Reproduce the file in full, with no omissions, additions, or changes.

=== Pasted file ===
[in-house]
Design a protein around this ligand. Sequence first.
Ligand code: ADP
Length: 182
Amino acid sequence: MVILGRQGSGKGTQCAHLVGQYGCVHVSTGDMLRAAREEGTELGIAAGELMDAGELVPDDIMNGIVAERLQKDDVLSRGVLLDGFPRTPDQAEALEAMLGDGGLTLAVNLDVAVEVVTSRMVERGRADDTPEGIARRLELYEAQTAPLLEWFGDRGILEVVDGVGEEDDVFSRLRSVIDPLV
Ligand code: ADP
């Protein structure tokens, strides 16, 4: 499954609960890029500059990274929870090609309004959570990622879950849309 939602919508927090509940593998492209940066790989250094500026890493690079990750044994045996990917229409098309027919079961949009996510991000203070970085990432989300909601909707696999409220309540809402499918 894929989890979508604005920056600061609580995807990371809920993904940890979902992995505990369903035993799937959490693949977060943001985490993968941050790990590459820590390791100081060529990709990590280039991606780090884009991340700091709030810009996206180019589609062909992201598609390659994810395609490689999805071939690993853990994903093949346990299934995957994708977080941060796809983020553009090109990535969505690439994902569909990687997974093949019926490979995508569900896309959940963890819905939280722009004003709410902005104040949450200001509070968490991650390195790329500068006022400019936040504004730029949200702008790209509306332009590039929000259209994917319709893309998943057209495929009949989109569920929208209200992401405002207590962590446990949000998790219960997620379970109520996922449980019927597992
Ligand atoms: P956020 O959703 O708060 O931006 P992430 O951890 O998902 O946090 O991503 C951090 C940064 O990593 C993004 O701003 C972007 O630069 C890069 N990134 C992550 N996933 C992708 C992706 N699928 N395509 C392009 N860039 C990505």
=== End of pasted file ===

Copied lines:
[in-house]
Design a protein around this ligand. Sequence first.
Ligand code: ADP
Length: 182
Amino acid sequence: MVILGRQGSGKGTQCAHLVGQYGCVHVSTGDMLRAAREEGTELGIAAGELMDAGELVPDDIMNGIVAERLQKDDVLSRGVLLDGFPRTPDQAEALEAMLGDGGLTLAVNLDVAVEVVTSRMVERGRADDTPEGIARRLELYEAQTAPLLEWFGDRGILEVVDGVGEEDDVFSRLRSVIDPLV
Ligand code: ADP
């Protein structure tokens, strides 16, 4: 499954609960890029500059990274929870090609309004959570990622879950849309 939602919508927090509940593998492209940066790989250094500026890493690079990750044994045996990917229409098309027919079961949009996510991000203070970085990432989300909601909707696999409220309540809402499918 894929989890979508604005920056600061609580995807990371809920993904940890979902992995505990369903035993799937959490693949977060943001985490993968941050790990590459820590390791100081060529990709990590280039991606780090884009991340700091709030810009996206180019589609062909992201598609390659994810395609490689999805071939690993853990994903093949346990299934995957994708977080941060796809983020553009090109990535969505690439994902569909990687997974093949019926490979995508569900896309959940963890819905939280722009004003709410902005104040949450200001509070968490991650390195790329500068006022400019936040504004730029949200702008790209509306332009590039929000259209994917319709893309998943057209495929009949989109569920929208209200992401405002207590962590446990949000998790219960997620379970109520996922449980019927597992
Ligand atoms: P956020 O959703 O708060 O931006 P992430 O951890 O998902 O946090 O991503 C951090 C940064 O990593 C993004 O701003 C972007 O630069 C890069 N990134 C992550 N996933 C992708 C992706 N699928 N395509 C392009 N860039 C990505």